The things that surmount to something

I recently read an interview with the music artist Kelis that was published on HuffPost Black Voices. In the interview, she talked about her previous relationship with the rapper Nas. Spoiler alert! This article might touch on some things that may be difficult to understand for people who don't listen to hip-hop music and are not familiar with the culture surrounding it, that is why I encourage you, even more, to continue reading.

 

In the article, Kelis did not only speak about her own relationship and personal experiences but talked about relationships within the hip-hop environment in general. She touched on the "ride-or-die"-chick mentality many black women within (and even outside) this setting have. Being a "ride-or-die"-chick in other terms means being a woman who would support and stand by her man no matter the current situation or circumstances. To take it a little further, that type of woman would do pretty much anything to prove that she stood by her man. At this point, some people might raise their eyebrows and wonder why anybody would do that but don't be so quick to judge. While Kelis spoke about how she was drawn in by the persona of Nas, hip-hop music and its culture that solidified her decision to be down with him no matter what happened, I tried to look at it from a different angle.

 

If I consider my own cultural background, for example, these values of being there for your family (which includes your significant other) and taking up the extra burden even if it may entail putting yourself last, is deeply rooted in our belief system. I grew up with the mindset that as a woman my duty was to hold the family together - no matter what happened. And that is the mindset I carried along with me throughout the years. What does this mean in practical terms? These words implied that I would always come second and that it was my responsibility to put other people's needs before your own. Kind of contradicts with today's self-centered society, isn't it? So, why would this mindset and approach to relationships make sense?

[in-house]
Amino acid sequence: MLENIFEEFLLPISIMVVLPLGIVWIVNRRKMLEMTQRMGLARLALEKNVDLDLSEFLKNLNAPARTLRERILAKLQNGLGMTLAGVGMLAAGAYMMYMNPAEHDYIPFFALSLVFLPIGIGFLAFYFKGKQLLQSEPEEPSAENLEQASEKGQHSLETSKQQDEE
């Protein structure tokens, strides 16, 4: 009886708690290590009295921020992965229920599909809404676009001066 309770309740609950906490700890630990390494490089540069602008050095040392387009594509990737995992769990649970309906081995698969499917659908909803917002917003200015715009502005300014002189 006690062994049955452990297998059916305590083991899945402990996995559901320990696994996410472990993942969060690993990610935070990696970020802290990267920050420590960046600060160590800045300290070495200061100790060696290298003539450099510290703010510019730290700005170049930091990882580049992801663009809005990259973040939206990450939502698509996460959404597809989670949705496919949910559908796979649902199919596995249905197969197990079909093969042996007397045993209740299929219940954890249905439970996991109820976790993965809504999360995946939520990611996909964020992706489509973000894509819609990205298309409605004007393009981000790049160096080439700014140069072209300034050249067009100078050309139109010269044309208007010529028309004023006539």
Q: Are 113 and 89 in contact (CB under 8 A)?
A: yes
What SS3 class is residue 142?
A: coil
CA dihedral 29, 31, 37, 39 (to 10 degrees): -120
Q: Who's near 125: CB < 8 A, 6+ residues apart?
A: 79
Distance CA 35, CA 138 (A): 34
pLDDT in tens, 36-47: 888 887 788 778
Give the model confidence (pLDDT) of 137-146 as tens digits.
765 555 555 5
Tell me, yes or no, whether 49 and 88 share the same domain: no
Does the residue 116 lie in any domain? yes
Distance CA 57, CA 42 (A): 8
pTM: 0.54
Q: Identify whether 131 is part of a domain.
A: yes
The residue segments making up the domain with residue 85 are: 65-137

Back to Kelis' interview, the core message of her interview was that having that ("ride-or-die") kind of mindset was slowly killing women, in her opinion black women in particular. Why? Because what was received in return was not love and care, on the contrary very often it meant enduring infidelity and mental and physical abuse as was also the case in her relationship. The article then ended with reference to a song written by Nas, where he rapped about his broken relationship with Kelis and that he would continue on his journey to pick up another woman that would finally turn out to be "the truest type" (a loyal, honest and good woman). As disappointing hearing these words must have been for Kelis, I would like to point out the positive aspect of all this and that is: You are the truest type if you decide to be!

 

I applaud anyone who has the ability to step out of the "me"-zone to step into the "we"-zone, be it male or female. I think that loving and making sacrifices for others is always a win-win situation, no matter what the outcome may be in the end. "Three things will last forever—faith, hope, and love—and the greatest of these is love." 1 Corinthians 13:13 NLT

Now, it should always be remembered that being there for others doesn't equal neglecting yourself because if you do not love yourself and take care of yourself you wouldn't even have the ability to care for others.

 

In conclusion, did Kelis waste her time with Nas? Were all her efforts for nothing? In my opinion, only if she decides to see it that way. If not for anything else, at least now she knows that she can be there and make sacrifices for another person. I think the term "ride-or-die" is inappropriate anyway because it has a negative connotation to it. How can death be positively associated with a relationship? So, I would not advise anyone to be anybody's "ride-or-die", but to rather be the "love-and-live" kind of partner. Often we think that we do things without getting anything in return. Not getting what you wanted or expected doesn't mean you have failed or wasted your time. On the contrary, to love is always a win!

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